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I opened cat without any argument in the terminal:

cat

And then I typed some text and pressed Ctrl+D, and what I typed was echoed back.

I re-typed some text and pressed Enter, and what I typed was also echoed back.

Is there a difference between Ctrl+D and Enter (I am talking about when there is text in the terminal when pressing one of these keys, because when there is no text, Ctrl+D sends EOF, while Enter does not).

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enter makes the terminal device line discipline send the current input buffer plus \n (translated from the \r sent by the terminal (emulator) by the icrnl setting of the line discipline) to the application which is reading from the terminal device. ^D makes the terminal device line discipline send the current input buffer without a \n nor ^D character (the character is eaten away by the line discipline unless you sent ^V beforehand).

Pressing ^D twice in a row makes cat exit because it assumes there is nothing more to read (read() returns 0 byte).

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  • Pressing ^D only one time made cat exit based on my testing (unless you mean pressing ^D twice when there is text in the terminal). – user258851 Nov 3 '17 at 15:17
  • @HaukeLaging This is correct but incomplete. ^D is the default eof setting for the line discipline. When eof is detected as the first character in the read buffer the current application doing the read exits. When it's detected but isn't the first character the line is flushed. This is true for at least readline and libedit. Proof: after stty eof ^T it's ^T that has that effect described above, and ^D has no effect. – Satō Katsura Nov 3 '17 at 15:50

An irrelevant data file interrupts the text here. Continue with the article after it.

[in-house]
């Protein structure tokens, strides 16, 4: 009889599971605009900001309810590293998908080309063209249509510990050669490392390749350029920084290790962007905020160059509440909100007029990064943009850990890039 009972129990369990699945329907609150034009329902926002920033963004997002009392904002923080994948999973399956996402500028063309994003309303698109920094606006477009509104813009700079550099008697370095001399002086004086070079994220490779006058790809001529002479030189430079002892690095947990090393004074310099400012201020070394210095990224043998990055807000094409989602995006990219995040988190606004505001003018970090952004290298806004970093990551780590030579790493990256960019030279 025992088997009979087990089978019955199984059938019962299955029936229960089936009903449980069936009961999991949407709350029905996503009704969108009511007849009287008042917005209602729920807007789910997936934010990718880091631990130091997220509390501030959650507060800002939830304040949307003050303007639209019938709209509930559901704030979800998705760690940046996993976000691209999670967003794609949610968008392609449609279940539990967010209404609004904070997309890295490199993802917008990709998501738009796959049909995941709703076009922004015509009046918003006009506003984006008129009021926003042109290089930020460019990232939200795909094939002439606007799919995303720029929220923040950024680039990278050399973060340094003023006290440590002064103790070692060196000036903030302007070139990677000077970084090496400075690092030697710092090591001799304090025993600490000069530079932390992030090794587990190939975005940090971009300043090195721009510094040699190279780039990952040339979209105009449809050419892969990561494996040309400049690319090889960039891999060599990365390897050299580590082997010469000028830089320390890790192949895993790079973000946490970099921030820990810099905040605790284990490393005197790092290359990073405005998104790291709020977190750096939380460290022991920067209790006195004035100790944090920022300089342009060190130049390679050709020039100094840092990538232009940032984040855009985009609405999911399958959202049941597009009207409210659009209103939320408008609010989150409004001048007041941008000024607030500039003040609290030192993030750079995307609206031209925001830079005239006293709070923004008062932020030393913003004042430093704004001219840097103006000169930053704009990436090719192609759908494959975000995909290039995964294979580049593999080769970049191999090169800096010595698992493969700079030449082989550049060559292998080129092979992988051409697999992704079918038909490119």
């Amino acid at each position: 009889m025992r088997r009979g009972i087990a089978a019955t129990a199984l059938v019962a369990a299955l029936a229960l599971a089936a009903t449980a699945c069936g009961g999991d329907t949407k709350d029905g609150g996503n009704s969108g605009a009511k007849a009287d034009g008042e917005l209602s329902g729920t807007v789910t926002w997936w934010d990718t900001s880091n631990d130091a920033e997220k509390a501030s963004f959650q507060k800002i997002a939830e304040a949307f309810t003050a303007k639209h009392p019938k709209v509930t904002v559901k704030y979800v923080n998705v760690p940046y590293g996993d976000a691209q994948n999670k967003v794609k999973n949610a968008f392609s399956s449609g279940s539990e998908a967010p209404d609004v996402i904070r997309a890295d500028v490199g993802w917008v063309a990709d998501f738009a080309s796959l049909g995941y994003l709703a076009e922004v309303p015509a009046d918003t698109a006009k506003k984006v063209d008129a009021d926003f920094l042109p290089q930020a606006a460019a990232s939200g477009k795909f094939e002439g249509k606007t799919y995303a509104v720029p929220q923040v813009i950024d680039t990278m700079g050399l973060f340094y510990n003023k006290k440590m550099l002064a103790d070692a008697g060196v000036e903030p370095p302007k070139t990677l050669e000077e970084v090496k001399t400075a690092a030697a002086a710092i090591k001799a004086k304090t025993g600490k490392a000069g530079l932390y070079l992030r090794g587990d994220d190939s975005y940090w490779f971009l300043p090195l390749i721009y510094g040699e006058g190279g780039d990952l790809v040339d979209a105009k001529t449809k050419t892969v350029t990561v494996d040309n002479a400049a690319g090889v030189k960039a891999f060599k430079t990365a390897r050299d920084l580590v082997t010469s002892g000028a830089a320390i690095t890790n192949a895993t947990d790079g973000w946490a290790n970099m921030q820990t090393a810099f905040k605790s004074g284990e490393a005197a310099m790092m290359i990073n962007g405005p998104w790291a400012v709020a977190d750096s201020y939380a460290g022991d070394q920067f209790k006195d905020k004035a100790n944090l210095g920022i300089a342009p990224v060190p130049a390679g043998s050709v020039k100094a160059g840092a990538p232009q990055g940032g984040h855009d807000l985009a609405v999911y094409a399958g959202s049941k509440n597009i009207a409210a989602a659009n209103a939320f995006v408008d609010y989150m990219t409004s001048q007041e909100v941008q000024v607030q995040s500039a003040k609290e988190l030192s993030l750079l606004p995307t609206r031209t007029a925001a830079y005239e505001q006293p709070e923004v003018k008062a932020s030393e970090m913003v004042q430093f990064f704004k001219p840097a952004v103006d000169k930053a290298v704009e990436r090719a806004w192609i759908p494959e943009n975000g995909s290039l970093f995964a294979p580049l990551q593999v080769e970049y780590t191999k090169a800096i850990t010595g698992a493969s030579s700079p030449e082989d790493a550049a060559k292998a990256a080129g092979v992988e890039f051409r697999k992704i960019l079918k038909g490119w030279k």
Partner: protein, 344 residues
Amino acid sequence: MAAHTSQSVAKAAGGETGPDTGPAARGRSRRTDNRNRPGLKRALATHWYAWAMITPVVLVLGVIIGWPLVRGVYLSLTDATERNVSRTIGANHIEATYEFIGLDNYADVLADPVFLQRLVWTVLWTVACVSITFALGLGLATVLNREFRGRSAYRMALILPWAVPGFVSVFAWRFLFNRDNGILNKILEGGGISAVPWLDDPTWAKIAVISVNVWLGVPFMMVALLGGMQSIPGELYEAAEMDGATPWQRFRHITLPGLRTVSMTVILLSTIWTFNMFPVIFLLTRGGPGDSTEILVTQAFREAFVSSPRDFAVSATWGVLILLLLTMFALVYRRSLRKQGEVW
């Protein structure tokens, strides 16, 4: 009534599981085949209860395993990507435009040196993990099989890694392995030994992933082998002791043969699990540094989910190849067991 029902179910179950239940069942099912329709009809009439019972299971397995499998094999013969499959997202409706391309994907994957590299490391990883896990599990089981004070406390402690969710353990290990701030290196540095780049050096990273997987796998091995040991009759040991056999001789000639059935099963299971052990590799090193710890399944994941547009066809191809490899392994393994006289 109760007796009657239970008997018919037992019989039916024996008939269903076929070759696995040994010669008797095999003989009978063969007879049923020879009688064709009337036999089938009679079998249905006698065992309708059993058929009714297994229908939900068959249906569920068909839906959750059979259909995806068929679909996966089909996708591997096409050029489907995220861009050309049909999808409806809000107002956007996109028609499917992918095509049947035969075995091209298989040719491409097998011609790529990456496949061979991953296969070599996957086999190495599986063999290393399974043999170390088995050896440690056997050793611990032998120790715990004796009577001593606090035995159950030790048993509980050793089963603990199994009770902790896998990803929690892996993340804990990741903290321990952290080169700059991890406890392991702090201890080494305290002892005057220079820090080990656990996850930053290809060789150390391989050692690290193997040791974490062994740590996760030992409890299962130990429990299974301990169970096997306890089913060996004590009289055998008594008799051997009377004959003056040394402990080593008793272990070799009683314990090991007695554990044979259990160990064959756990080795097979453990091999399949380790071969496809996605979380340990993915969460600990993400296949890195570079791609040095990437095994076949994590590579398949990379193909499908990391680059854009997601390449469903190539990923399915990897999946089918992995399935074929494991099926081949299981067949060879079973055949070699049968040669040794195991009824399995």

• @user258851 If you have not typed anything (after the last <enter>) then you have the same situation as if you had pressed ^D before. Thus you need only one ^D to make cat exit. – Hauke Laging Nov 3 '17 at 16:16
  • @SatōKatsura There is no difference on the side of the terminal: In both cases it sends the current buffer to the application (i.e. has (read() return). But usually applications exit when read() returns zero bytes. The read() does not even return with an error. – Hauke Laging Nov 3 '17 at 16:22
  • What I'm saying is ^D behave this way because it's stty eof, not because it's ^D. Also, AFAICT this behavior is incidental. If you think for 5 minutes how a line editing function should be implemented given the UNIX functions, that's the straightforward way and it also makes sense. Which is why shells do that. But to the best of my knowledge only "exit when eof on input" is mandated by standards. It's in principle possible to have a line editing library that doesn't flush the buffer when it sees eof. FWIW. – Satō Katsura Nov 3 '17 at 16:57

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